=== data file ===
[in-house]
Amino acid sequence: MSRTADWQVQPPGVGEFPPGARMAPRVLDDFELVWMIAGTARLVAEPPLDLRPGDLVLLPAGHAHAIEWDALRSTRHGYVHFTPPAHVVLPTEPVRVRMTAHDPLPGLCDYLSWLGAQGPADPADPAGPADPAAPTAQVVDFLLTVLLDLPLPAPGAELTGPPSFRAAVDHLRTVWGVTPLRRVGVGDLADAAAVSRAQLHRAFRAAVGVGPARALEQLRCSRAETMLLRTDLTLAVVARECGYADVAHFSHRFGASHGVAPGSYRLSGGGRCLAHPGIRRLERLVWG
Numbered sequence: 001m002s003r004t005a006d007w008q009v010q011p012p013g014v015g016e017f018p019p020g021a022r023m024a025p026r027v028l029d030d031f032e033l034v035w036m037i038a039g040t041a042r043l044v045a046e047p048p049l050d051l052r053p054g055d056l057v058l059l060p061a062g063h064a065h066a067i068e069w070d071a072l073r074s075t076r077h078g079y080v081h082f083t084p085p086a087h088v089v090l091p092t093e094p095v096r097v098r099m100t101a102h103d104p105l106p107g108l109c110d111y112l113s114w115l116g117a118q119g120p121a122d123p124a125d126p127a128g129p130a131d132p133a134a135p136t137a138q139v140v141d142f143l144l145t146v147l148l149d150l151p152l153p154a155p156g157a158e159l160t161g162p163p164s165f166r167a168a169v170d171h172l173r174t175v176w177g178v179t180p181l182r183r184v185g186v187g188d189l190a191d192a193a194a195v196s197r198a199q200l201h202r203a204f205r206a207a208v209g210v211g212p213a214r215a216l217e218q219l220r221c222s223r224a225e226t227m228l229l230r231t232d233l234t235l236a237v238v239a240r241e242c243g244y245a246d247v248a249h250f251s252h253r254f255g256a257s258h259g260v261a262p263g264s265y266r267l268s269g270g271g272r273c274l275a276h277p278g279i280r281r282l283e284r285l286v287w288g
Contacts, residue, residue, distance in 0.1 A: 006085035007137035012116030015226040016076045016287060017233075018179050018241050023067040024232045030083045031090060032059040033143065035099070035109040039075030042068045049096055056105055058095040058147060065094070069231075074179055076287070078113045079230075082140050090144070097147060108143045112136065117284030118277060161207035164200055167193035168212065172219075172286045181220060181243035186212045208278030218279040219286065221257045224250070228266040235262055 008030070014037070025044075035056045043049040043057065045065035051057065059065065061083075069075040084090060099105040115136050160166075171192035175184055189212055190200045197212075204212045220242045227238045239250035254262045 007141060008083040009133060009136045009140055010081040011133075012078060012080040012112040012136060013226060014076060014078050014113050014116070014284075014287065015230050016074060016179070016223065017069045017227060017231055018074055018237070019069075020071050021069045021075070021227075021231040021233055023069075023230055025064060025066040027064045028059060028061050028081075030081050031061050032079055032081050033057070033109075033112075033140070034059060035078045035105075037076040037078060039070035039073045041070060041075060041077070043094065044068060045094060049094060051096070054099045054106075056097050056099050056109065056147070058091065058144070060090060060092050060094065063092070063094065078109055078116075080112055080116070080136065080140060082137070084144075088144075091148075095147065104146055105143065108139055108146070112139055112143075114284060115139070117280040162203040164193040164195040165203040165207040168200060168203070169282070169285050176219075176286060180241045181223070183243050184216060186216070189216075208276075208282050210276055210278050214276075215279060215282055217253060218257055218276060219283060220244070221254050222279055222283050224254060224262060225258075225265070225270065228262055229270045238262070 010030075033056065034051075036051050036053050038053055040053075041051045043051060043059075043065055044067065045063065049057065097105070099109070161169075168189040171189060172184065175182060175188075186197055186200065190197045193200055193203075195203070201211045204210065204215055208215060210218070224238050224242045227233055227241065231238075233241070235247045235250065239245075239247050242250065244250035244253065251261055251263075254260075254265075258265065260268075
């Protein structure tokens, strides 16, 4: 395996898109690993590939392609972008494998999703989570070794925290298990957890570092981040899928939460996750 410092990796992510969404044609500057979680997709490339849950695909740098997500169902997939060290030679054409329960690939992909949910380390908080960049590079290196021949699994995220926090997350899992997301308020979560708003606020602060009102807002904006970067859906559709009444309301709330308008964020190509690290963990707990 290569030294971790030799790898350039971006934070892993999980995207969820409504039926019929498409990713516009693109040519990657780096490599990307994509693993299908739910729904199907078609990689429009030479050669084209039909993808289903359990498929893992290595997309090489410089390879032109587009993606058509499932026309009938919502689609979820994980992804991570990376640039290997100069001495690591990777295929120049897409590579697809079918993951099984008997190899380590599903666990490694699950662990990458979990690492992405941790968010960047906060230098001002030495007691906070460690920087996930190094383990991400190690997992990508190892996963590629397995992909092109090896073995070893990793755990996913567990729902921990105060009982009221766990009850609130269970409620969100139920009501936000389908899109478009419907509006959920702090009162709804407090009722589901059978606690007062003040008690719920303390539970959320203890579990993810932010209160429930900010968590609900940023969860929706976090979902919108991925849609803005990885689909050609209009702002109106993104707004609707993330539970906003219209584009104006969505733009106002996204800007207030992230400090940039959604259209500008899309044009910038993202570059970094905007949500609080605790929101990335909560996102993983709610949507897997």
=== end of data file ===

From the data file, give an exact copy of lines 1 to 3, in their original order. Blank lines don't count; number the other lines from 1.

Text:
[in-house]
Amino acid sequence: MSRTADWQVQPPGVGEFPPGARMAPRVLDDFELVWMIAGTARLVAEPPLDLRPGDLVLLPAGHAHAIEWDALRSTRHGYVHFTPPAHVVLPTEPVRVRMTAHDPLPGLCDYLSWLGAQGPADPADPAGPADPAAPTAQVVDFLLTVLLDLPLPAPGAELTGPPSFRAAVDHLRTVWGVTPLRRVGVGDLADAAAVSRAQLHRAFRAAVGVGPARALEQLRCSRAETMLLRTDLTLAVVARECGYADVAHFSHRFGASHGVAPGSYRLSGGGRCLAHPGIRRLERLVWG
Numbered sequence: 001m002s003r004t005a006d007w008q009v010q011p012p013g014v015g016e017f018p019p020g021a022r023m024a025p026r027v028l029d030d031f032e033l034v035w036m037i038a039g040t041a042r043l044v045a046e047p048p049l050d051l052r053p054g055d056l057v058l059l060p061a062g063h064a065h066a067i068e069w070d071a072l073r074s075t076r077h078g079y080v081h082f083t084p085p086a087h088v089v090l091p092t093e094p095v096r097v098r099m100t101a102h103d104p105l106p107g108l109c110d111y112l113s114w115l116g117a118q119g120p121a122d123p124a125d126p127a128g129p130a131d132p133a134a135p136t137a138q139v140v141d142f143l144l145t146v147l148l149d150l151p152l153p154a155p156g157a158e159l160t161g162p163p164s165f166r167a168a169v170d171h172l173r174t175v176w177g178v179t180p181l182r183r184v185g186v187g188d189l190a191d192a193a194a195v196s197r198a199q200l201h202r203a204f205r206a207a208v209g210v211g212p213a214r215a216l217e218q219l220r221c222s223r224a225e226t227m228l229l230r231t232d233l234t235l236a237v238v239a240r241e242c243g244y245a246d247v248a249h250f251s252h253r254f255g256a257s258h259g260v261a262p263g264s265y266r267l268s269g270g271g272r273c274l275a276h277p278g279i280r281r282l283e284r285l286v287w288g